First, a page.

“Each patient should receive a follow-up phone call within 24 hours of discharge from the ED. A phone call was received in only 47 per cent of presentations. It is recommended that all patients, including those who present out-of-hours and are assessed by the NCHD, should receive a phone call from the CNS within 24 hours of discharge from the ED,” the review advises.
When the <em>Review of the Operation of the Programme 2017</em> was published last year, every hospital operating the Programme received its own special report with recommendations.
Every three months the national Clinical Programme office follows up with management in hospitals to review progress in meeting recommendations.
<h3 class=”subheadMIstyles”>Community crisis assessment</h3>
The review highlights concerns about the lack of crisis assessment services in the community.
As pointed out by Dr Jeffers, the self-harm Programme only treats patients who have self-harmed. But a number of patients without physical health needs are presenting to the ED for care.
“In some services the CNS and clinical lead voiced concern at the high numbers of patients presenting to the ED without physical health needs and who would be more appropriately seen by a community mental health team (CMHT). In some services, CMHTs were advising people to present to ED, even within working hours. This is not good practice,” the review found.
“ECDs [executive clinical directors] will address delays in accessing crisis care in the CMHTs resulting in both inappropriate presentations to the ED of patients who do not have physical health needs, and in difficulties in the referral pathway from ED to CMHTs.”
But it is unclear how this will be achieved exactly. The options currently available to GPs who are concerned about a patient include referral to four services, including the Suicide Crisis Assessment Nurse (SCAN).
The SCAN service was established to provide suicide prevention in primary care.
But the primary care suicide assessment service was never fully rolled out, despite positive pilot results.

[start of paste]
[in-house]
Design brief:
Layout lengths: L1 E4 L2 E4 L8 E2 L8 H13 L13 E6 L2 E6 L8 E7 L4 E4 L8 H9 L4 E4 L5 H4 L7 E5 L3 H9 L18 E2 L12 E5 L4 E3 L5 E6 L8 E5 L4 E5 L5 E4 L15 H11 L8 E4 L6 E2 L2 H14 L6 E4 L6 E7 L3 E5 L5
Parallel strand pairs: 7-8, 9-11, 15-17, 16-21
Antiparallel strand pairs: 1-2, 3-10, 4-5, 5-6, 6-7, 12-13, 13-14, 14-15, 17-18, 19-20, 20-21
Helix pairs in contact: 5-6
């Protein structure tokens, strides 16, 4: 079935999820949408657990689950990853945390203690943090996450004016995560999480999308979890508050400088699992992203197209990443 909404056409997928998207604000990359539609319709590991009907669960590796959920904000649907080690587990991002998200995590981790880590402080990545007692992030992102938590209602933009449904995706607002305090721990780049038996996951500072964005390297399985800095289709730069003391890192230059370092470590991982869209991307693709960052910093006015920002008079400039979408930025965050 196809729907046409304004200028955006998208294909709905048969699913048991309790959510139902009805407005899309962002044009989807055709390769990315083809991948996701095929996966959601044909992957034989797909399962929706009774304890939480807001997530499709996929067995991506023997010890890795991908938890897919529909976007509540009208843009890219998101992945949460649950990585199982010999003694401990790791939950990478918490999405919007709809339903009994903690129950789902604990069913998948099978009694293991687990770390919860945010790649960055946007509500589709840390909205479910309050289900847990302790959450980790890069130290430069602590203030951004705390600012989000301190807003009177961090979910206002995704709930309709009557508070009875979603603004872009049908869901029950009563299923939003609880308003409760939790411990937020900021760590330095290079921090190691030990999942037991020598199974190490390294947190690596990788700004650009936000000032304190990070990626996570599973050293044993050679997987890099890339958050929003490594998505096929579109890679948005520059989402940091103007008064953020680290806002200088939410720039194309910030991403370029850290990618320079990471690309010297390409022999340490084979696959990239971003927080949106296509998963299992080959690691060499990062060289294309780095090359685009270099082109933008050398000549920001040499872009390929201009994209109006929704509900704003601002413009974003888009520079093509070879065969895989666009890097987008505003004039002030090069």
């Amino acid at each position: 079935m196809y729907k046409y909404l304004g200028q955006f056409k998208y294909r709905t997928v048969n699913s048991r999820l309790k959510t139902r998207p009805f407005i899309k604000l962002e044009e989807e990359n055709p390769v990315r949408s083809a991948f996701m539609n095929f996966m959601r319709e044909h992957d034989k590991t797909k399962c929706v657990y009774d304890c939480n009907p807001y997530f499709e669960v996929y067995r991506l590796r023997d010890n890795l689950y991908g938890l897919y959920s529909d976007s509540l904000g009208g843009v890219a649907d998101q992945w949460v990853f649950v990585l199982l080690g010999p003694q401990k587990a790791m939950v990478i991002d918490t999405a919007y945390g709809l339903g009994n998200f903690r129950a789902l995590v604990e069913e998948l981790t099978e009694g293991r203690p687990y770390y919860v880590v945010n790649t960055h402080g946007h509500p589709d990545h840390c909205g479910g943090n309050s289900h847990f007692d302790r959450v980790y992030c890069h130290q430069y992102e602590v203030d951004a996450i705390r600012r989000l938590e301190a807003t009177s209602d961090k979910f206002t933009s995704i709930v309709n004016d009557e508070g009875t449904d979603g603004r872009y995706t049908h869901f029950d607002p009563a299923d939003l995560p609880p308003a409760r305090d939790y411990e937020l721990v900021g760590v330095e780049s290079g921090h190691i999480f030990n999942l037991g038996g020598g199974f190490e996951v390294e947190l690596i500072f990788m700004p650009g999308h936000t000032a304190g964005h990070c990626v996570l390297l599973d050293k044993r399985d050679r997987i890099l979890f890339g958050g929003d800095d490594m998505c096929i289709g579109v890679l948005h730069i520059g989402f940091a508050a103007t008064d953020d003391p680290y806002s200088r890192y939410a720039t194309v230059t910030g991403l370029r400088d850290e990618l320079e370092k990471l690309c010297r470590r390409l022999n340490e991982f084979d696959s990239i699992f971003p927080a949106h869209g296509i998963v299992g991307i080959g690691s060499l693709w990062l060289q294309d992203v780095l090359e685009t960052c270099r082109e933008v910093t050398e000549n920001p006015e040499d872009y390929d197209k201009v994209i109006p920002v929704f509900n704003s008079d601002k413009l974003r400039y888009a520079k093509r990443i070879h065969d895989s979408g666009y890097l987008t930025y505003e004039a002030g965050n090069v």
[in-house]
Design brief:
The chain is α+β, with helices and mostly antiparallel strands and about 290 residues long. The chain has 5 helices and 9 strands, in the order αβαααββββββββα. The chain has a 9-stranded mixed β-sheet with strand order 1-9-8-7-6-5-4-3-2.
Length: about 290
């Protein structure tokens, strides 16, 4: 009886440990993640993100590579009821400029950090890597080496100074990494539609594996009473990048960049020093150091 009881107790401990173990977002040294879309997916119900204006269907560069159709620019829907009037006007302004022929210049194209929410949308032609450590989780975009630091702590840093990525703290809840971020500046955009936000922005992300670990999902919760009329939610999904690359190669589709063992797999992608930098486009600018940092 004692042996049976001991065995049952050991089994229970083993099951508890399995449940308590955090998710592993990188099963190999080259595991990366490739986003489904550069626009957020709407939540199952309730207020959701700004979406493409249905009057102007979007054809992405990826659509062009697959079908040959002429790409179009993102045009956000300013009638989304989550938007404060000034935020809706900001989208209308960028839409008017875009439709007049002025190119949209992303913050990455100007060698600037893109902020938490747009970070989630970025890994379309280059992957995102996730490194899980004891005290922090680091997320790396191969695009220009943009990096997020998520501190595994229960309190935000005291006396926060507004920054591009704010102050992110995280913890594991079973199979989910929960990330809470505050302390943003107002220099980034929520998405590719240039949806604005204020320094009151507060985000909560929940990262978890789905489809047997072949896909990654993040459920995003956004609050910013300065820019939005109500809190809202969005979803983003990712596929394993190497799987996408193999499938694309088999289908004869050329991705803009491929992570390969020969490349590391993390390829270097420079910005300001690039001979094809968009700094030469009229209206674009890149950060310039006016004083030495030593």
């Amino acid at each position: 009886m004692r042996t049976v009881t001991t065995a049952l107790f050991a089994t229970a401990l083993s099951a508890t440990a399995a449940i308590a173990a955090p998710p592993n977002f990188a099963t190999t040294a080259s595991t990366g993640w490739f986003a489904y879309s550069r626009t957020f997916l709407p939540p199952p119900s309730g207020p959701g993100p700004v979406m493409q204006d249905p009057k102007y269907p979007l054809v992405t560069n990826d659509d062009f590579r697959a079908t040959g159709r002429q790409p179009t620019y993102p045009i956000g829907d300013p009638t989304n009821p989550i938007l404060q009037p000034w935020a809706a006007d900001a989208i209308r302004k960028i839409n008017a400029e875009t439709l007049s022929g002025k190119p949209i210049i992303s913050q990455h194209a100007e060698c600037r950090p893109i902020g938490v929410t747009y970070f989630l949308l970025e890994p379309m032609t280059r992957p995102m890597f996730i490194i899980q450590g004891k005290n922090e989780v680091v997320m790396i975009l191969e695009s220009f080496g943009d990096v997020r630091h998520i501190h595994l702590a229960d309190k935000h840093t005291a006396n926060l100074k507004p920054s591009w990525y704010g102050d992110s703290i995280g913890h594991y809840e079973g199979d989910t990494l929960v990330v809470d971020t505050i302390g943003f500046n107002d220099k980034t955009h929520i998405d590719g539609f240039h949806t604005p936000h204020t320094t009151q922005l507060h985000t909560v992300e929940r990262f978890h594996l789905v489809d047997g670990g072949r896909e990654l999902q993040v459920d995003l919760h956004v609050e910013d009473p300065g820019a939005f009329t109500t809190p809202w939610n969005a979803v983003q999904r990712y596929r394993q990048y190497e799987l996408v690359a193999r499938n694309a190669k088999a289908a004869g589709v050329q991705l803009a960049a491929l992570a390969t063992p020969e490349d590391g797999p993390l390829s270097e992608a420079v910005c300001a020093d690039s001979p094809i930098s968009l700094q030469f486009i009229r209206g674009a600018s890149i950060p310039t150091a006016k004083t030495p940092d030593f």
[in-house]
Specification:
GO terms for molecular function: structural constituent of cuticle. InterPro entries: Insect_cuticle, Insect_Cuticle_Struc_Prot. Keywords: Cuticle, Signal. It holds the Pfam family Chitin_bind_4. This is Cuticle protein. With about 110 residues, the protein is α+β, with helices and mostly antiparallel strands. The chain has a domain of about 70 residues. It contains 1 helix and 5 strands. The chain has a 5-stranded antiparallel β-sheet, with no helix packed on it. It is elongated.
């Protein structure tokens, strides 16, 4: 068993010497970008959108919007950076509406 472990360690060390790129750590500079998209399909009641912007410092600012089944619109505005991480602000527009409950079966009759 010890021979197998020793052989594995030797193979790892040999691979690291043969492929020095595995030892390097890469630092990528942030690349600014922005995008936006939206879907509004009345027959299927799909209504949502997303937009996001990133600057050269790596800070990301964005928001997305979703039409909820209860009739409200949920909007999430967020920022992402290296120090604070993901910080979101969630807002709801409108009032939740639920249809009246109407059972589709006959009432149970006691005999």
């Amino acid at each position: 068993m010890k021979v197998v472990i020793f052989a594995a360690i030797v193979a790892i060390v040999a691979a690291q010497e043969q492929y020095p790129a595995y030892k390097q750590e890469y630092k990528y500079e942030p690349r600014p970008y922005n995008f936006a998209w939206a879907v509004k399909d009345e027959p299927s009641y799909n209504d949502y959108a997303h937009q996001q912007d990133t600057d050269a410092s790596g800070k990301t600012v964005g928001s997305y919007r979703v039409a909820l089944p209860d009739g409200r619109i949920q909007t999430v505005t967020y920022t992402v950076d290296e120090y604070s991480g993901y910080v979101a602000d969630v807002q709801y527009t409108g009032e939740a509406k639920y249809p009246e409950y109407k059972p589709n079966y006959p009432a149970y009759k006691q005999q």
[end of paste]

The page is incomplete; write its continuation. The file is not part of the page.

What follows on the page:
A 2012 report on the service noted “almost all GPs with experience of the SCAN service agreed that it led to better treatment adherence than ‘usual care’ and patients were more readily agreeable to being referred to the SCAN service”.
There are 11 SCANs nationally and they work as part of the adult mental health service.
If a patient presents to a GP with suicidal ideation, they can make a referral to the service Monday to Friday. The nurse can perform a same day or following day assessment, provide feedback to the GP and/or link the patient with other adult mental health services.
But the service does not operate seven days a week or ‘out-of-hours’, which presents an immediate obstacle for people in crisis.
The 2016 review notes that half of all self-harm presentations to EDs occurred between 7pm and 3am.
The SCAN service is currently under review and a report on its operation is due in November. According to the HSE, the review “will provide an up-to-date national picture of the operation of the SCAN service”.
“This assessment of the need will lead to a redefinition in a statement of purpose for the service and consideration of how recently-established services such as the National Clinical Programme for the Assessment and Management of Patients Presenting to Hospital [EDs] following Self-Harm and emerging HSE mental health crisis response services will align,” a HSE spokesperson commented.
At the time SCAN was launched there was an absence of crisis and home-based treatment teams (HBTTs) in place. There have since been further developments in this area.
<h3 class=”subheadMIstyles”>Home-based treatment teams</h3>
A number of GPs interviewed by this newspaper had very little knowledge of the SCAN service, with most referring to HBTTs.